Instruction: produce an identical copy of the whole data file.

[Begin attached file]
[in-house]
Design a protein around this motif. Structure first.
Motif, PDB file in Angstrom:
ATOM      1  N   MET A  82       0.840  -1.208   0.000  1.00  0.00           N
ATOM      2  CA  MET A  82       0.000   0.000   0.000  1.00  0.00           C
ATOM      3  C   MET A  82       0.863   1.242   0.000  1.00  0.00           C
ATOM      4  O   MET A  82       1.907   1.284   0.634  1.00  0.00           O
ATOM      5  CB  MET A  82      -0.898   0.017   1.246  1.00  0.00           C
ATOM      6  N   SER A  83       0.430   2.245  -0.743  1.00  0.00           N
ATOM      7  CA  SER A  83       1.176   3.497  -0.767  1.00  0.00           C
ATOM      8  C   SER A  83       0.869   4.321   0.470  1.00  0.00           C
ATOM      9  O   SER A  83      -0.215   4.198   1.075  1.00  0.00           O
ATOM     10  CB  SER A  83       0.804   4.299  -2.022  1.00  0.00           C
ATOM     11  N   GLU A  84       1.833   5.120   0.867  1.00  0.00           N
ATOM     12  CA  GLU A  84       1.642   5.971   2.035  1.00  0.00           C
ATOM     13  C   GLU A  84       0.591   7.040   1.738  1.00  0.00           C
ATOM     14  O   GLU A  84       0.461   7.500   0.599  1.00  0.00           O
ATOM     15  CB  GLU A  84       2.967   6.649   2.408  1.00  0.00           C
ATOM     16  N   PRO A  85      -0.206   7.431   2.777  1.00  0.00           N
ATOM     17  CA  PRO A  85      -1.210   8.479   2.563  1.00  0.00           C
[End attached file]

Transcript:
[in-house]
Design a protein around this motif. Structure first.
Motif, PDB file in Angstrom:
ATOM      1  N   MET A  82       0.840  -1.208   0.000  1.00  0.00           N
ATOM      2  CA  MET A  82       0.000   0.000   0.000  1.00  0.00           C
ATOM      3  C   MET A  82       0.863   1.242   0.000  1.00  0.00           C
ATOM      4  O   MET A  82       1.907   1.284   0.634  1.00  0.00           O
ATOM      5  CB  MET A  82      -0.898   0.017   1.246  1.00  0.00           C
ATOM      6  N   SER A  83       0.430   2.245  -0.743  1.00  0.00           N
ATOM      7  CA  SER A  83       1.176   3.497  -0.767  1.00  0.00           C
ATOM      8  C   SER A  83       0.869   4.321   0.470  1.00  0.00           C
ATOM      9  O   SER A  83      -0.215   4.198   1.075  1.00  0.00           O
ATOM     10  CB  SER A  83       0.804   4.299  -2.022  1.00  0.00           C
ATOM     11  N   GLU A  84       1.833   5.120   0.867  1.00  0.00           N
ATOM     12  CA  GLU A  84       1.642   5.971   2.035  1.00  0.00           C
ATOM     13  C   GLU A  84       0.591   7.040   1.738  1.00  0.00           C
ATOM     14  O   GLU A  84       0.461   7.500   0.599  1.00  0.00           O
ATOM     15  CB  GLU A  84       2.967   6.649   2.408  1.00  0.00           C
ATOM     16  N   PRO A  85      -0.206   7.431   2.777  1.00  0.00           N
ATOM     17  CA  PRO A  85      -1.210   8.479   2.563  1.00  0.00           C